SINGAPORE (BLOOMBERG) - Noble Group is seeking a strategic investor to drag the beleaguered commodities trader out of what it calls an "incredibly difficult environment." The company's market value has shriveled by more than US$1 billion (S$1.38 billion) this year as the Hong Kong-based firm reported a first quarter loss, S&P Global Ratings flagged a risk of default and Fitch Ratings cut its credit rating twice in less than two weeks.
As Noble works with Morgan Stanley and Moelis & Co. to review its options amid the deepening crisis, potential investors will be scrutinizing the company's remaining businesses after a torrid few years during which it sold off prized assets in an attempt to shore up its finances, including its North American power trading unit and agriculture arm.
They include gasoline blending facilities on the US Gulf Coast, petroleum storage in Panama, fuel transport via American pipelines, marketing rights to Indonesian coal and liquefied natural gas trading capabilities.
The company's also got stakes in Australian and Mongolian coal mines and an alumina refinery in Jamaica. The information below is taken from company reports, earnings statements and Noble's website and is subject to change.
Following a revamp in 2016, which included the sale of its US energy solutions unit, an exit from European gas and power as well as a reduction in its global metals business, the trader changed the way it differentiates its segments.
Under the new structure, Noble's energy segment comprises the oil liquids, gas & power and energy coal units. It had operating income from supply chains of US$27 million in the first three months of 2017, compared with the group's loss of US$2.6 million. In revenue terms, it accounted for about 90 percent of total sales in the January-to-March period.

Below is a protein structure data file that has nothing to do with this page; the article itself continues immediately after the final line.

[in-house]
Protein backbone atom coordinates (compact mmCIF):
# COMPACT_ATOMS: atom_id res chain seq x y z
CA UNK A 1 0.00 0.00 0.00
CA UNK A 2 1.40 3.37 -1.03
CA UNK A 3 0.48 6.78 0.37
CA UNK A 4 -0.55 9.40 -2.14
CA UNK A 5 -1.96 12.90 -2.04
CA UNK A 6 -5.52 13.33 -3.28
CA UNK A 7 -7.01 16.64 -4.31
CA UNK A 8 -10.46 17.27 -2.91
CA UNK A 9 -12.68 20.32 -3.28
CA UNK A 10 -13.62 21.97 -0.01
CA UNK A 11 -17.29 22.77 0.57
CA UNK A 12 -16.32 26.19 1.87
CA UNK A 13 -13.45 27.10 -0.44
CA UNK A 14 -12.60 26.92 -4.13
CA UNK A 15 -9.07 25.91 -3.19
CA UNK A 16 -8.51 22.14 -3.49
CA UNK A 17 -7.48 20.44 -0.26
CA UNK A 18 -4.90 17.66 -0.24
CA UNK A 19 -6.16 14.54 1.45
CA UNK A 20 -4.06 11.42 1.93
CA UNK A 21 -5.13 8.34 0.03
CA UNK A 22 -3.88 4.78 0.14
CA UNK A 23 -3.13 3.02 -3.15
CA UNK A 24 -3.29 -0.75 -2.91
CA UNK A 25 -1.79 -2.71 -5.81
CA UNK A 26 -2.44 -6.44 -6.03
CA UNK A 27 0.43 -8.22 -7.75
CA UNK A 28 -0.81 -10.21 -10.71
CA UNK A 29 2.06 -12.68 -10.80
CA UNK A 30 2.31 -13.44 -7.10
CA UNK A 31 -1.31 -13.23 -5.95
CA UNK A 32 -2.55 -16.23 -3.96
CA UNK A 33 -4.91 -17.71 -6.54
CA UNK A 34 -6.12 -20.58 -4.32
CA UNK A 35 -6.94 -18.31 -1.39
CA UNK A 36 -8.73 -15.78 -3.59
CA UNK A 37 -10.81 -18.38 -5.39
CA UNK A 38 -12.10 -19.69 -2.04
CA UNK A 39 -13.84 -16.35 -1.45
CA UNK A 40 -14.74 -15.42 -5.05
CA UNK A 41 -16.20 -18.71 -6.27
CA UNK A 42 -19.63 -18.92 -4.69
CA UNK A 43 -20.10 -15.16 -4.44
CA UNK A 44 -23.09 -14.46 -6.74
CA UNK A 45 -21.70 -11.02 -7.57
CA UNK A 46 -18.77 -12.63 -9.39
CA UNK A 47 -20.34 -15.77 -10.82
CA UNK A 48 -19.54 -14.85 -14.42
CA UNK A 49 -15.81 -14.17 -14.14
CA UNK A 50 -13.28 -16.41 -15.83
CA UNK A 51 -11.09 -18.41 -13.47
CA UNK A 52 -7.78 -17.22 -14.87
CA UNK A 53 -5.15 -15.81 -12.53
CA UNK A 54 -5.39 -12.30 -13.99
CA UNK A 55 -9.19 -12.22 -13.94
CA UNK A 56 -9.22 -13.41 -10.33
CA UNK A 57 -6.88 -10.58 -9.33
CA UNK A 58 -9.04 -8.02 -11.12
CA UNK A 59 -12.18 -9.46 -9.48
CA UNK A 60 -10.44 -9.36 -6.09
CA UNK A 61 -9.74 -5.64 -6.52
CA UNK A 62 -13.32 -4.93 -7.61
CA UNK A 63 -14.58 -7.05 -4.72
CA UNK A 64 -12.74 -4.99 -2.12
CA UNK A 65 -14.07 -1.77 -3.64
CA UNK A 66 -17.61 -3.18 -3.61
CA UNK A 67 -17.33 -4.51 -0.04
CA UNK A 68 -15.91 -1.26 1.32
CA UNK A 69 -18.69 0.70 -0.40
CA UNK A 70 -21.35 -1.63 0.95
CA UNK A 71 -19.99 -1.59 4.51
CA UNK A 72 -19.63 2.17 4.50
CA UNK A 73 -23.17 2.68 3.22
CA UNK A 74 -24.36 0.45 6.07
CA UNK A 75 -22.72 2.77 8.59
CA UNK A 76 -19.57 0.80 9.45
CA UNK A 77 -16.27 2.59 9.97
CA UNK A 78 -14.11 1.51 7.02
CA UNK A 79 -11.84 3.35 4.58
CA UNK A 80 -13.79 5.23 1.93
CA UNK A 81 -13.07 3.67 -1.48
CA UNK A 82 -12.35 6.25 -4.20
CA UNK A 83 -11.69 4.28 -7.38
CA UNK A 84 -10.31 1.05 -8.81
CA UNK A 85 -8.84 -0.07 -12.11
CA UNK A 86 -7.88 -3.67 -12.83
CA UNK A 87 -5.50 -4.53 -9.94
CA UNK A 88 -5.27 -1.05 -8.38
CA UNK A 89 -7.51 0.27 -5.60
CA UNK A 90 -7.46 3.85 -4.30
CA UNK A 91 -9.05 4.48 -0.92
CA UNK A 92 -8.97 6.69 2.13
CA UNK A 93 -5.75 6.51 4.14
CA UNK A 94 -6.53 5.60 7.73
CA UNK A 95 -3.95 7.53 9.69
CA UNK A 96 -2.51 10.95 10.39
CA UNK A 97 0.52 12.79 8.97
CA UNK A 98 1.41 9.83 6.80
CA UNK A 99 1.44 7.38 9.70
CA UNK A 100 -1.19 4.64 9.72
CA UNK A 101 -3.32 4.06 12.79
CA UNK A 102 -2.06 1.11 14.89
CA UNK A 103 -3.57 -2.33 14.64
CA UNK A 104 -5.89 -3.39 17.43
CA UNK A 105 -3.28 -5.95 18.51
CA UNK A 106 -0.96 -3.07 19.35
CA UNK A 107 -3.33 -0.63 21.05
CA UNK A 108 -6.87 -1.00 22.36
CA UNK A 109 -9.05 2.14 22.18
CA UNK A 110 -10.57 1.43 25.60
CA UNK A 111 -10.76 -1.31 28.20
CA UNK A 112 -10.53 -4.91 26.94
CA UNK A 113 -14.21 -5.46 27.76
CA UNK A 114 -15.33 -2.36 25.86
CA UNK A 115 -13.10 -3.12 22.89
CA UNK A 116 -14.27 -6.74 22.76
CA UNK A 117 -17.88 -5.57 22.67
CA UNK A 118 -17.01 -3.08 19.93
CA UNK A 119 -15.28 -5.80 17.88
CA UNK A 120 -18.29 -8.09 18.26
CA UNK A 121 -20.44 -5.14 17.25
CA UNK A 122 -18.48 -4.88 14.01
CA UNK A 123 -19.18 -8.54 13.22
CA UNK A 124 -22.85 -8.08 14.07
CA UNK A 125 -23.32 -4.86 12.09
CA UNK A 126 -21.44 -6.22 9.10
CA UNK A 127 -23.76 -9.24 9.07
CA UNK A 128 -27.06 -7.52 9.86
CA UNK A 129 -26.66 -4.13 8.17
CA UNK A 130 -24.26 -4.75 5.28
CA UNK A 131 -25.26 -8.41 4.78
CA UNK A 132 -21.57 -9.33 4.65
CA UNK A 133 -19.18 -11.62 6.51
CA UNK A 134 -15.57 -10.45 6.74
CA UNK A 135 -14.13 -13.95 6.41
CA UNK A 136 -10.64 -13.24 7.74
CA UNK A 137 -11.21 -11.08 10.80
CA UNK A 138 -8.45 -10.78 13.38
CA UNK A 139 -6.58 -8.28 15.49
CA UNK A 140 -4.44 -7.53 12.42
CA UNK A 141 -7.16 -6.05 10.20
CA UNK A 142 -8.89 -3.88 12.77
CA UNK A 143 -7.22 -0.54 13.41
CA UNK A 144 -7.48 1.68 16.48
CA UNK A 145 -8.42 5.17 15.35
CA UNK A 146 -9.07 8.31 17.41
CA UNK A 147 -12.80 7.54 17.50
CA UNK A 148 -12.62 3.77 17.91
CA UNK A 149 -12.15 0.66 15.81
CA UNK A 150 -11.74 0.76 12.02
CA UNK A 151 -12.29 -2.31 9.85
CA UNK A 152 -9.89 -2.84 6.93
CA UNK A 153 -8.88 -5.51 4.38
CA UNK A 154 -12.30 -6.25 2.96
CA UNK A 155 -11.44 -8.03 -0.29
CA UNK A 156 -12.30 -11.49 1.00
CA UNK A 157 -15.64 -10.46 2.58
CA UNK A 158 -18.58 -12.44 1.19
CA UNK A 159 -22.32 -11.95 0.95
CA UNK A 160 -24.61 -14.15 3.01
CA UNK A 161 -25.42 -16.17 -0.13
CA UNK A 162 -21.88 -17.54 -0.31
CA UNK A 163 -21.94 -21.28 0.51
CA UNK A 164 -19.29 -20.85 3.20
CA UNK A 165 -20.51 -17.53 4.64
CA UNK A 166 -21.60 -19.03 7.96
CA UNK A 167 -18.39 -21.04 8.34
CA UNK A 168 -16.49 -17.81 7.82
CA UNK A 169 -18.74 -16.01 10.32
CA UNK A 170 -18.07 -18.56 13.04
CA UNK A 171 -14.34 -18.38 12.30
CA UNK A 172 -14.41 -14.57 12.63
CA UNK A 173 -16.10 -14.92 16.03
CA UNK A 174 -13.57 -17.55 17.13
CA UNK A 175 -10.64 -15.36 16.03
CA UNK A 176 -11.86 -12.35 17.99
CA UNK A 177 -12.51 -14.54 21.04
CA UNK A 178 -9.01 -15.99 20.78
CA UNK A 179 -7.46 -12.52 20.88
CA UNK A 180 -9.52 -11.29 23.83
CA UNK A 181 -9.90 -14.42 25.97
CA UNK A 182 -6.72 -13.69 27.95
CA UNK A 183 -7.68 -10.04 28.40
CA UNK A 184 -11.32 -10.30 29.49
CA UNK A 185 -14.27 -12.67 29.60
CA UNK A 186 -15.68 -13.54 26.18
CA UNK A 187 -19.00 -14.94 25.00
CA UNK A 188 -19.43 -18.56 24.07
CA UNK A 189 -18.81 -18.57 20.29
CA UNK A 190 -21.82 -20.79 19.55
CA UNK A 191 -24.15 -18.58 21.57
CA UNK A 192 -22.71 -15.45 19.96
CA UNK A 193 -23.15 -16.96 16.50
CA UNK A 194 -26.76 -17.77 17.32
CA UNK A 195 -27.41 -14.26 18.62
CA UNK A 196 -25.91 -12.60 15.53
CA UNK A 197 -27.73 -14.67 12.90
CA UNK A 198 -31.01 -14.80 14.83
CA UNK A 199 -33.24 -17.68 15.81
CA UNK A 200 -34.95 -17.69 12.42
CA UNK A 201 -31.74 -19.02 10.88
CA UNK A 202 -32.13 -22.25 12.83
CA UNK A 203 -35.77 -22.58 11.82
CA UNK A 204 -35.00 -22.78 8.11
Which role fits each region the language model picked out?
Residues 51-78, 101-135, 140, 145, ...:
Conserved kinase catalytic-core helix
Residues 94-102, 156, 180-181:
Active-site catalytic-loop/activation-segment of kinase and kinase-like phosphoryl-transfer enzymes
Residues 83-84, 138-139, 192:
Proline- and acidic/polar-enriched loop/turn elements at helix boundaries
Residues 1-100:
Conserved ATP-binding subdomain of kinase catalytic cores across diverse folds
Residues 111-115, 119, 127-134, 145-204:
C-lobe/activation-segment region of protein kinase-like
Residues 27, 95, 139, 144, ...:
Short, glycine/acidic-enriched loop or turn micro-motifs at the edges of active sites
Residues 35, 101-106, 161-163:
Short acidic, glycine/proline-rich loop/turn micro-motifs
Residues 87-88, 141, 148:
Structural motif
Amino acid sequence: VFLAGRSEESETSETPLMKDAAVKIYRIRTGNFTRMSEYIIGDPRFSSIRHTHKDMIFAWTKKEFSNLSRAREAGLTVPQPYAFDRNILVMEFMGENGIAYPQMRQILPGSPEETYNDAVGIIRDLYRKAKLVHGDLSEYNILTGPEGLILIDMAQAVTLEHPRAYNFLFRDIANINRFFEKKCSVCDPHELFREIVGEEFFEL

The company trades crude and refined products via ship, barge, pipeline, truck and rail. In the US, Noble transports fuels via pipelines including Colonial, Magellan and Explorer, and produces ethanol in South Bend, Indiana.
It has blending and wholesale facilities in North America and the Caribbean. In 2014, Noble reached a deal to loan US$1 billion to Ecuador's state oil company and signed a five-year contract to supply the South American nation with refined fuels.
The unit is now focused on its North American and global LNG businesses after the trader sold Noble Americas Energy Solutions - an asset it once considered core - last year to raise about US$1 billion. Noble supplies gas in the Pacific North West from Canada into the West Coast of the US.
Noble has a portfolio of offtake and marketing agreements with several mines worldwide from Australia to Indonesia and South Africa, and supply contracts with customers such as power producers and trading houses in key markets including China, India and Japan.
Metals, Minerals and Ores As part of the new structure, this business segment combines Noble's metals, carbon steel materials and logistics units. It posted an operating loss from supply chains of US$29 million in the first quarter.
Noble's metals unit comprises its Asian base metals arm, trading copper, zinc, lead, nickel and other raw materials and its global aluminum business. Noble has a 55 per cent stake in a joint venture with the government of Jamaica, which mines bauxite and refines it into alumina before it's exported. The facility has a production capacity of 1.425 million metric tons a year, according to information on Jamalco's website.
Carbon Steel materials unit focuses on providing raw materials such as iron ore, chrome, manganese and metallurgical coal and coke to mainly Asian steel mills. Noble doesn't own any production assets.
With offices in Hong Kong, Singapore, Mumbai, Beijing and London, Noble's logistics business services external customers as well as its internal freight requirements, shipping commodities in Capesize, Panamax and Supramax bulk carriers. At any given time, Noble has more than 100 vessels on charter, either owned, bareboat, time charter period or single trips, the company said in its latest annual report.
Some of Noble's assets are held by the joint ventures and associated companies in which it has shares. These include Yancoal Australia, the miner majority-owned by China's Yanzhou Coal Mining, as well as mines in Mongolia and South Africa.